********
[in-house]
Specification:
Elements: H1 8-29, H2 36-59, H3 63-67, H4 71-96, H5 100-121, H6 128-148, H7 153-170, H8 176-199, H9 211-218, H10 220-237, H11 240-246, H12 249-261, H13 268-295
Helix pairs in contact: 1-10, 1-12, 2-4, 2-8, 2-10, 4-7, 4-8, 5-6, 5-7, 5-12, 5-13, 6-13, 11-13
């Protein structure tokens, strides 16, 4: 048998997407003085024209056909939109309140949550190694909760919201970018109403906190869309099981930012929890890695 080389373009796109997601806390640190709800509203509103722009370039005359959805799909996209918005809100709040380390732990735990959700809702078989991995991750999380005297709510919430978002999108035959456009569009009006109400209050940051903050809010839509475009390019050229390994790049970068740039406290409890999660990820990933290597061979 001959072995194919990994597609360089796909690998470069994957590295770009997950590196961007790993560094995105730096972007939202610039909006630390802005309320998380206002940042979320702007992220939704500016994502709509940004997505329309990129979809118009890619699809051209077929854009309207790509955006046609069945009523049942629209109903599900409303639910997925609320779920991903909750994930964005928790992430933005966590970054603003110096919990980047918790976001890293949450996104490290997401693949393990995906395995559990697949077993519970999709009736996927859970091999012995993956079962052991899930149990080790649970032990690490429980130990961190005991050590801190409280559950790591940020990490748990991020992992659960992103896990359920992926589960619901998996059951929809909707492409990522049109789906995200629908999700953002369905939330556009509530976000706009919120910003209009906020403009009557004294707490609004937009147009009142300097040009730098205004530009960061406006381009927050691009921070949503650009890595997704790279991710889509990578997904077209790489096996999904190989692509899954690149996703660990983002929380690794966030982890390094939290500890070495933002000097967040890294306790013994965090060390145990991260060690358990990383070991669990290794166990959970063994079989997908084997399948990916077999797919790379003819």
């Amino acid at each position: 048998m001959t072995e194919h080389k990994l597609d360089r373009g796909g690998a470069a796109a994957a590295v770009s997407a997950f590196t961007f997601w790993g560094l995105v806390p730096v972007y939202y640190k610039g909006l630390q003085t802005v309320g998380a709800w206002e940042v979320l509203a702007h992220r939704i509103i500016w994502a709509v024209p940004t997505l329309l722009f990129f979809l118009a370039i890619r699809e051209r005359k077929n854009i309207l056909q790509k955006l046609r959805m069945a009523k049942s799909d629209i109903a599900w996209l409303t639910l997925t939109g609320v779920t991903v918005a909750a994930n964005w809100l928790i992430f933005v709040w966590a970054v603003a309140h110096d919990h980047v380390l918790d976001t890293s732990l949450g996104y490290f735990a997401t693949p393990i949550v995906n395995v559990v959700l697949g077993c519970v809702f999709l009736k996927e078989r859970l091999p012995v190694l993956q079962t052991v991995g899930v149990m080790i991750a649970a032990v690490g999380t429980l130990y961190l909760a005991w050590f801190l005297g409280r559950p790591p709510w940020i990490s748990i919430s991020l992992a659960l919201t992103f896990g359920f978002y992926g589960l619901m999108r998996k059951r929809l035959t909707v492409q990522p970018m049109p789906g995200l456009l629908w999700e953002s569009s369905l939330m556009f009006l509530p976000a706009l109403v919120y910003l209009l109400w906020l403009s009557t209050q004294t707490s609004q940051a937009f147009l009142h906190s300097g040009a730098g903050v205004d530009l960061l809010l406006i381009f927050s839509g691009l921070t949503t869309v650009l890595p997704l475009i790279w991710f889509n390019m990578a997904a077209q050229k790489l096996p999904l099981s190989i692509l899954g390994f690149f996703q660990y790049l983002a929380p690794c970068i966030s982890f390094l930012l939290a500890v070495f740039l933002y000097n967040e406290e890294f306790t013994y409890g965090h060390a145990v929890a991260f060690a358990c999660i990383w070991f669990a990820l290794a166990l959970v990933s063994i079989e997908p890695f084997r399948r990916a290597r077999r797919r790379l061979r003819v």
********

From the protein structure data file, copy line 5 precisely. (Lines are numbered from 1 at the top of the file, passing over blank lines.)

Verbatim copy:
């Protein structure tokens, strides 16, 4: 048998997407003085024209056909939109309140949550190694909760919201970018109403906190869309099981930012929890890695 080389373009796109997601806390640190709800509203509103722009370039005359959805799909996209918005809100709040380390732990735990959700809702078989991995991750999380005297709510919430978002999108035959456009569009009006109400209050940051903050809010839509475009390019050229390994790049970068740039406290409890999660990820990933290597061979 001959072995194919990994597609360089796909690998470069994957590295770009997950590196961007790993560094995105730096972007939202610039909006630390802005309320998380206002940042979320702007992220939704500016994502709509940004997505329309990129979809118009890619699809051209077929854009309207790509955006046609069945009523049942629209109903599900409303639910997925609320779920991903909750994930964005928790992430933005966590970054603003110096919990980047918790976001890293949450996104490290997401693949393990995906395995559990697949077993519970999709009736996927859970091999012995993956079962052991899930149990080790649970032990690490429980130990961190005991050590801190409280559950790591940020990490748990991020992992659960992103896990359920992926589960619901998996059951929809909707492409990522049109789906995200629908999700953002369905939330556009509530976000706009919120910003209009906020403009009557004294707490609004937009147009009142300097040009730098205004530009960061406006381009927050691009921070949503650009890595997704790279991710889509990578997904077209790489096996999904190989692509899954690149996703660990983002929380690794966030982890390094939290500890070495933002000097967040890294306790013994965090060390145990991260060690358990990383070991669990290794166990959970063994079989997908084997399948990916077999797919790379003819």